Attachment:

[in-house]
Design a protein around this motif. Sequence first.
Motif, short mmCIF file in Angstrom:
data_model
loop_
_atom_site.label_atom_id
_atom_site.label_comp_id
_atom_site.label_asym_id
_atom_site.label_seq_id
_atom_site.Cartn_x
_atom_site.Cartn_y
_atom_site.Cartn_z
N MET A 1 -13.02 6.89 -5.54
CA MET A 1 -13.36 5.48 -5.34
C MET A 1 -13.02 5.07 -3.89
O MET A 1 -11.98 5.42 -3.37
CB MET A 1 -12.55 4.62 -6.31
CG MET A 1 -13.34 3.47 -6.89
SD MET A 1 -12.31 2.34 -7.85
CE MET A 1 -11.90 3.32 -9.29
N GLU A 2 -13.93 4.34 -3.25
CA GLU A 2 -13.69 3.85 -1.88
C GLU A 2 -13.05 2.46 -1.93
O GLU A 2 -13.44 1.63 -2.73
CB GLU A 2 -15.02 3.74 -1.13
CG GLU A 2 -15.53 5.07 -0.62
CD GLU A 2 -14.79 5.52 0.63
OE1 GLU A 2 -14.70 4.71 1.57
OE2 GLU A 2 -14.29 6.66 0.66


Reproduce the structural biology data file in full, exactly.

[in-house]
Design a protein around this motif. Sequence first.
Motif, short mmCIF file in Angstrom:
data_model
loop_
_atom_site.label_atom_id
_atom_site.label_comp_id
_atom_site.label_asym_id
_atom_site.label_seq_id
_atom_site.Cartn_x
_atom_site.Cartn_y
_atom_site.Cartn_z
N MET A 1 -13.02 6.89 -5.54
CA MET A 1 -13.36 5.48 -5.34
C MET A 1 -13.02 5.07 -3.89
O MET A 1 -11.98 5.42 -3.37
CB MET A 1 -12.55 4.62 -6.31
CG MET A 1 -13.34 3.47 -6.89
SD MET A 1 -12.31 2.34 -7.85
CE MET A 1 -11.90 3.32 -9.29
N GLU A 2 -13.93 4.34 -3.25
CA GLU A 2 -13.69 3.85 -1.88
C GLU A 2 -13.05 2.46 -1.93
O GLU A 2 -13.44 1.63 -2.73
CB GLU A 2 -15.02 3.74 -1.13
CG GLU A 2 -15.53 5.07 -0.62
CD GLU A 2 -14.79 5.52 0.63
OE1 GLU A 2 -14.70 4.71 1.57
OE2 GLU A 2 -14.29 6.66 0.66